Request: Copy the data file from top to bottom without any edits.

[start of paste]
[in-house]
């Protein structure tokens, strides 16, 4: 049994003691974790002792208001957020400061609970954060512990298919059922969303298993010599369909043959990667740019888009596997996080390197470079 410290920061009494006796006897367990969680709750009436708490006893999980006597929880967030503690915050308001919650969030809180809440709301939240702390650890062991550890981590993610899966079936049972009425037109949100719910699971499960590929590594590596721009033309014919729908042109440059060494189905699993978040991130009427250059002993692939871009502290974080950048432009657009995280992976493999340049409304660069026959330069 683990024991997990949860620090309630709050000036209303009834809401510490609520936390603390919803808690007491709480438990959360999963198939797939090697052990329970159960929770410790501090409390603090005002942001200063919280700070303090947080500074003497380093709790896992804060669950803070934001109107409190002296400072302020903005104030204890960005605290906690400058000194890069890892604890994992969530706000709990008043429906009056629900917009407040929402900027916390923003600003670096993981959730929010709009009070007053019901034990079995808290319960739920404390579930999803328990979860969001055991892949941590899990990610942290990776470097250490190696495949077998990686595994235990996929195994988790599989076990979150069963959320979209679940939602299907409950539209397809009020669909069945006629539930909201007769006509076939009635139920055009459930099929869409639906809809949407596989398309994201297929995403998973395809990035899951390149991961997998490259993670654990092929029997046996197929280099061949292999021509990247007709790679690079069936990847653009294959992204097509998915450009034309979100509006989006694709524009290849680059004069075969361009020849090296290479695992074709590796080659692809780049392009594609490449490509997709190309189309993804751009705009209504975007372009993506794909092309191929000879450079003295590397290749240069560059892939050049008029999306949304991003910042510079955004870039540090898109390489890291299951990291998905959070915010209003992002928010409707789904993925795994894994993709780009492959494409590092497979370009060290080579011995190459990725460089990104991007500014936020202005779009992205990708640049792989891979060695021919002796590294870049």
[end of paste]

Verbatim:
[in-house]
């Protein structure tokens, strides 16, 4: 049994003691974790002792208001957020400061609970954060512990298919059922969303298993010599369909043959990667740019888009596997996080390197470079 410290920061009494006796006897367990969680709750009436708490006893999980006597929880967030503690915050308001919650969030809180809440709301939240702390650890062991550890981590993610899966079936049972009425037109949100719910699971499960590929590594590596721009033309014919729908042109440059060494189905699993978040991130009427250059002993692939871009502290974080950048432009657009995280992976493999340049409304660069026959330069 683990024991997990949860620090309630709050000036209303009834809401510490609520936390603390919803808690007491709480438990959360999963198939797939090697052990329970159960929770410790501090409390603090005002942001200063919280700070303090947080500074003497380093709790896992804060669950803070934001109107409190002296400072302020903005104030204890960005605290906690400058000194890069890892604890994992969530706000709990008043429906009056629900917009407040929402900027916390923003600003670096993981959730929010709009009070007053019901034990079995808290319960739920404390579930999803328990979860969001055991892949941590899990990610942290990776470097250490190696495949077998990686595994235990996929195994988790599989076990979150069963959320979209679940939602299907409950539209397809009020669909069945006629539930909201007769006509076939009635139920055009459930099929869409639906809809949407596989398309994201297929995403998973395809990035899951390149991961997998490259993670654990092929029997046996197929280099061949292999021509990247007709790679690079069936990847653009294959992204097509998915450009034309979100509006989006694709524009290849680059004069075969361009020849090296290479695992074709590796080659692809780049392009594609490449490509997709190309189309993804751009705009209504975007372009993506794909092309191929000879450079003295590397290749240069560059892939050049008029999306949304991003910042510079955004870039540090898109390489890291299951990291998905959070915010209003992002928010409707789904993925795994894994993709780009492959494409590092497979370009060290080579011995190459990725460089990104991007500014936020202005779009992205990708640049792989891979060695021919002796590294870049």